Unfortunately the Balsa rots really well, the foam does not. But this does not mean I'm a "Foam Freak". Far from it.

I have been involved with a bit of composite construction over the years and was able to witness diffeernt core samples going through a drop test [a large rounded weight dropped onto various layups from different heights to measure impact and delamination on other side] for QLD Transport survey requirements in the late 80s, early 90s. I don't think duflex was around then, duracore was the equivelent. It was interesting to note how well heavy polyester layups on foam stood up to heavy poly layups on end grain balsa compared to light layups with stitched fabrics with epoxy on western red cedar and Duracore.

The heavy poly layups performed quite poorly compared to the light epoxy layups, and in fact end grain balsa usually had a neat hole punched through it if taken to destruction. Foam absorbed the shock somewhat, and strip plank with its longitudinal strength,seemed to stack up best of all as a weight for $$$ comparison. Unfortunately from a production point of view it is faily labour intensive.

My current boat is being built using KIRI as a core,lighter than western red cedar ,slightly heavier than balsa, far cheaper than foam[in my opinion if I was using foam in a multi, it would have to be foam/kevlar/epoxy]and does not rot. In deflection tests it was far superior than western red cedar.

Again my opinions, but interestingly, a lot of KIRI knockers are now using and selling it as an alternative.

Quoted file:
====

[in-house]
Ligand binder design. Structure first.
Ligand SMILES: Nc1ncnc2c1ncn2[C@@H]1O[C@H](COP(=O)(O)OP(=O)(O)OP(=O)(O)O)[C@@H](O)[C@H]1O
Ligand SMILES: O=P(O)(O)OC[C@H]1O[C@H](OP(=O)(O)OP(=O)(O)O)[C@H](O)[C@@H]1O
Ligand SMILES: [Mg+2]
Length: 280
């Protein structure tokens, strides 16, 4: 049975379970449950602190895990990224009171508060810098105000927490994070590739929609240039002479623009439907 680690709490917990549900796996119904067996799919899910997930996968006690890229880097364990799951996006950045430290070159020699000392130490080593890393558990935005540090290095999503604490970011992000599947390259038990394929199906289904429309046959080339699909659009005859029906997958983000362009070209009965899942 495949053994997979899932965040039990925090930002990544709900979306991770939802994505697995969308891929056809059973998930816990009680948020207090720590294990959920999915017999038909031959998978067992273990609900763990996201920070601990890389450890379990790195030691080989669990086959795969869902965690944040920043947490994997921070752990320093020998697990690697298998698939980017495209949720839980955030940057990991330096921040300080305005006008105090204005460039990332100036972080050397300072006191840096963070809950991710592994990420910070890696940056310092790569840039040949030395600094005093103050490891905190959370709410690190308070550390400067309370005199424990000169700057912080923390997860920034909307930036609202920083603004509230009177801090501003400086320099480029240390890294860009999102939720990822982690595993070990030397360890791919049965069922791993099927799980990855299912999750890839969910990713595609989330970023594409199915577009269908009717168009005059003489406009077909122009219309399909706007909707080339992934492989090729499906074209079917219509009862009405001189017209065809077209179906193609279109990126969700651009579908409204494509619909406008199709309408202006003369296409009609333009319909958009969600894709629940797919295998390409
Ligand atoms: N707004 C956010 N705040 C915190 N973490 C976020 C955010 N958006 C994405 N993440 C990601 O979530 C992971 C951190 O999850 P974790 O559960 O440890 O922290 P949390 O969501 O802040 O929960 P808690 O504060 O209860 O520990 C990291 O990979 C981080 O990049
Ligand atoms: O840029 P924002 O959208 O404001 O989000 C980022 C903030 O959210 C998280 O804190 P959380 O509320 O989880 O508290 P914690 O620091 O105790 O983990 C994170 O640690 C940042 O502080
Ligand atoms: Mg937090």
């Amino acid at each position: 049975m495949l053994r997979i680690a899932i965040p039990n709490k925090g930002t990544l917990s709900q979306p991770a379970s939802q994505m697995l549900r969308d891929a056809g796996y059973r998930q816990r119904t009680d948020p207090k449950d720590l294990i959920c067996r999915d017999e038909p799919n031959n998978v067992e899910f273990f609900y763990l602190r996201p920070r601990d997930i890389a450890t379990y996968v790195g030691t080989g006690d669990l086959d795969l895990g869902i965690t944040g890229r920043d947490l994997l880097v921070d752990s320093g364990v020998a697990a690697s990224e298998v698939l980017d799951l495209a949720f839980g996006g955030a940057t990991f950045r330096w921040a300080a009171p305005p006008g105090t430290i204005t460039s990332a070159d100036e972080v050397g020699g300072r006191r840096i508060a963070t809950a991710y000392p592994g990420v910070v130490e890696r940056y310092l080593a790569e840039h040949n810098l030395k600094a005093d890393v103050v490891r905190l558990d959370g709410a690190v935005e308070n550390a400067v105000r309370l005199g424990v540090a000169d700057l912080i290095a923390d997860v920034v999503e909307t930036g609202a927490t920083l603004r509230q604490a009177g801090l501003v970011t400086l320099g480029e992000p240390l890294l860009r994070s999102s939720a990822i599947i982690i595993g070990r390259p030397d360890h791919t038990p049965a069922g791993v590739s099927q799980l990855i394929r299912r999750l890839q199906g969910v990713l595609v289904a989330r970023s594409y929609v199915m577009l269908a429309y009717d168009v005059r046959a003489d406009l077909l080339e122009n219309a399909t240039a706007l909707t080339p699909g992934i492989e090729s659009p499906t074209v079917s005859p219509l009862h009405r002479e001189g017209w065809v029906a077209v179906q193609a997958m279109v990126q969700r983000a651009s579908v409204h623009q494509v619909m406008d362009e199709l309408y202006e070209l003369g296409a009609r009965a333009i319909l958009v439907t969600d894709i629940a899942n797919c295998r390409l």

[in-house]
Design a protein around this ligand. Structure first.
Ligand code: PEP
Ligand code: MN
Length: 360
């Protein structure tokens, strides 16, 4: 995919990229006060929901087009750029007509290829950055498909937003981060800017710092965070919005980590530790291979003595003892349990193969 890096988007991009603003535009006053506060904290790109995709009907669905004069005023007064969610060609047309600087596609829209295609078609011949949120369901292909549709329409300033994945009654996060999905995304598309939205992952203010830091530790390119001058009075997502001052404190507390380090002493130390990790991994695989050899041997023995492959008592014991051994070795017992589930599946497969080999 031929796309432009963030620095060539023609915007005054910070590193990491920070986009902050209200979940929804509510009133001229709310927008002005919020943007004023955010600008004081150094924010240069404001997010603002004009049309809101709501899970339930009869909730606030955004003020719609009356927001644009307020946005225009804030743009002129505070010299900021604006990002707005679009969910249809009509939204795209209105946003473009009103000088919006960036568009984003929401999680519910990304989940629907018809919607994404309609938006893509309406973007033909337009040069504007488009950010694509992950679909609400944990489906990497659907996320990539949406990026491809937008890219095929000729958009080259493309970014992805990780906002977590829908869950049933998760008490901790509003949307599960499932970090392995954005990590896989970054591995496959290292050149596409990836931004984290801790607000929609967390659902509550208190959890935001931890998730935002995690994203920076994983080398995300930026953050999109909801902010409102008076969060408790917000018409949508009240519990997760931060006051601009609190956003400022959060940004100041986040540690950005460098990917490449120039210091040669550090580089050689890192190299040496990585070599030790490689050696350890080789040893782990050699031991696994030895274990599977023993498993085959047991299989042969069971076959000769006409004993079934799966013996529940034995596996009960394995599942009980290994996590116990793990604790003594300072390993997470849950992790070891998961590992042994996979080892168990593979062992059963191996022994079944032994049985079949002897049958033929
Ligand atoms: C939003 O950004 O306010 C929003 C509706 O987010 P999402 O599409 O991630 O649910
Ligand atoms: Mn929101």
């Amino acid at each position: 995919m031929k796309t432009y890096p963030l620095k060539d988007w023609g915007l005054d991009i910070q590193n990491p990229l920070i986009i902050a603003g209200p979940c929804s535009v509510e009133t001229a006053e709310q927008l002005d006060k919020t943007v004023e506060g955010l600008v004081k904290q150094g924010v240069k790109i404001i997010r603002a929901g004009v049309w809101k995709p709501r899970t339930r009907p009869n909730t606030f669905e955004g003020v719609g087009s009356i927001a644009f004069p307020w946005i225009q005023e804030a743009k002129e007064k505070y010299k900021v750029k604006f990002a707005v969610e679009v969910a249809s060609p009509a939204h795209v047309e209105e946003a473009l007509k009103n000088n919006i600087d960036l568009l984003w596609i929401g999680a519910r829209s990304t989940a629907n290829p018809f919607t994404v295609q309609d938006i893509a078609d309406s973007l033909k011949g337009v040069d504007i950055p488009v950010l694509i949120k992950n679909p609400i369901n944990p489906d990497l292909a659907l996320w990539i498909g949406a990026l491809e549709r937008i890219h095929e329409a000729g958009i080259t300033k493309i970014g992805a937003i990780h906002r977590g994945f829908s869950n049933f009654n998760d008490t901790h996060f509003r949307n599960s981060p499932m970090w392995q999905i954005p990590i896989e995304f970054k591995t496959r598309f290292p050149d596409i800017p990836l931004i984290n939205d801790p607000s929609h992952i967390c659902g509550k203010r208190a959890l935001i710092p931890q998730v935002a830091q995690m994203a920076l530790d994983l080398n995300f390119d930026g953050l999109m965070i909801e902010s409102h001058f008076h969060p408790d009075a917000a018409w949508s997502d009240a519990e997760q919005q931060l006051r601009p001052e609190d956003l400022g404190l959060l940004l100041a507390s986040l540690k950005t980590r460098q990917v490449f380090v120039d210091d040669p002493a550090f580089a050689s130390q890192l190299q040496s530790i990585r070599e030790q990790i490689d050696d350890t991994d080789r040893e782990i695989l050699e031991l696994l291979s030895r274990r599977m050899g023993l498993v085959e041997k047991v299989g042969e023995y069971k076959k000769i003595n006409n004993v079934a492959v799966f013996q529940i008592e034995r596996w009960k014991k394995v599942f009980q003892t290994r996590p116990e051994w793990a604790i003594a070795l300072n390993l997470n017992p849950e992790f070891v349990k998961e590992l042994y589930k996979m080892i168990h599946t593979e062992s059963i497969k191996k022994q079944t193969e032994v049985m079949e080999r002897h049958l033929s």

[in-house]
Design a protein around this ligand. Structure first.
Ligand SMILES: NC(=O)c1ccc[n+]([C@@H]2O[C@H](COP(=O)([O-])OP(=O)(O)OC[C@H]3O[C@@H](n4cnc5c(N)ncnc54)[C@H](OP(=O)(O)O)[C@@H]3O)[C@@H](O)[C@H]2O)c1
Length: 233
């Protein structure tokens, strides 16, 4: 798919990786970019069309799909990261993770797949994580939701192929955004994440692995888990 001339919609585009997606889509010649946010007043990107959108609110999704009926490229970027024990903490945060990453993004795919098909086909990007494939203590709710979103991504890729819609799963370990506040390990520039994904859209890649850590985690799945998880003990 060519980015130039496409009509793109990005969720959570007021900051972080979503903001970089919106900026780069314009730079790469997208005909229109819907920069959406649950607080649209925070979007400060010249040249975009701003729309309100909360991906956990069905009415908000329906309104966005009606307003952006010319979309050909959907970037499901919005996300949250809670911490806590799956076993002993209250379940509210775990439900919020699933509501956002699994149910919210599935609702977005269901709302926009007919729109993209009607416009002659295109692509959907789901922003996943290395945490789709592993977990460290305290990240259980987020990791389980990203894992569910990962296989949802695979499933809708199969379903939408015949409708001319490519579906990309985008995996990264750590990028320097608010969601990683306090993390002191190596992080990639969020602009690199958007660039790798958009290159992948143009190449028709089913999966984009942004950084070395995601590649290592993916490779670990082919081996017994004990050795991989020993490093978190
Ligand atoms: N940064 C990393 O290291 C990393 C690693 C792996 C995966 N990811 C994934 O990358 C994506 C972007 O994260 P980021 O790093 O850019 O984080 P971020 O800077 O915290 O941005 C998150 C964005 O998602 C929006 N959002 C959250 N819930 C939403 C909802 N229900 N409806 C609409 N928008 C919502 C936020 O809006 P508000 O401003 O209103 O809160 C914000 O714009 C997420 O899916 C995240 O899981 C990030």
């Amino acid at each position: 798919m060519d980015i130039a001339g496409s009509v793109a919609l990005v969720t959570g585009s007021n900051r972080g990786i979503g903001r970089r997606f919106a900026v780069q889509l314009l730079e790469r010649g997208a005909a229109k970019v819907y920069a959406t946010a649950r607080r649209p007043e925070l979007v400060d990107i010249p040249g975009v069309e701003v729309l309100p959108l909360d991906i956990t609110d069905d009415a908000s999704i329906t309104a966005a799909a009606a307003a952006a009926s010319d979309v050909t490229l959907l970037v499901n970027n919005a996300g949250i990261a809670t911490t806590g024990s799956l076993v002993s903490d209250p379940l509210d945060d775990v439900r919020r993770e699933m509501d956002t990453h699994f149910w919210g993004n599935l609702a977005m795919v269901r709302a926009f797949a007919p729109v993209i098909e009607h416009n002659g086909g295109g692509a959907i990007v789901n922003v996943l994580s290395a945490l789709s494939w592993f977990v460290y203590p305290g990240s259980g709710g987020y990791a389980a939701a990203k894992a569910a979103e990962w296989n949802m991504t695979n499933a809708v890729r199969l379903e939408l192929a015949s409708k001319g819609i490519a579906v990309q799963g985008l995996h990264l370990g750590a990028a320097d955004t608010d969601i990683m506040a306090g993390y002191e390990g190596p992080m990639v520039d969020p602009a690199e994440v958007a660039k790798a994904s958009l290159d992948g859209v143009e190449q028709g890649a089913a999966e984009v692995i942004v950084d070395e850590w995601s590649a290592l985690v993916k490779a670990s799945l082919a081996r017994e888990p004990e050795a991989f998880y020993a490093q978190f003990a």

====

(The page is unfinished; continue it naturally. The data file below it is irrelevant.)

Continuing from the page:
Dave
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Old 08-10-2006, 06:17   #4
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Back in 2003, Jeff H wrote an excellent primer on FRG construction, which led to an interesting & informative discussion. I highly recommend reading, at least, Jeff’s original post :
“ A Primer on Fiberglass Construction” ~ by JeffH
A Primer on Fiberglass Construction

A little additional reading:

“Foam Core Materials in the Marine Industry” ~ by Trevor Gundberg (Diab)
“For over 60 years foam cores have been utilized in marine applications to lighten, stiffen, and strengthen everything form hull bottoms to fl y bridges. Butwhat exactly is foam core? What type do I use, and where can I use it? Should I use it instead of balsa or plywood? With the seemingly endless variety of foam core materials on the market today, it can be frustrating for the average boating enthusiast to find the right foam core for a particular application. This article will attempt to inform boat builders about the properties and correct manufacturing procedures involved in constructing foam core sandwich laminates...”
Goto: http://www.boatdesign.net/articles/foam-core/

“Core Materials in Polymeric Composites” ~ SP Systems (Gurit)
http://www.azom.com/details.asp?ArticleID=1092

”Cored Sandwich Construction” ~ Diab Group
http://www.diabgroup.com/americas/u_...andwich_hb.pdf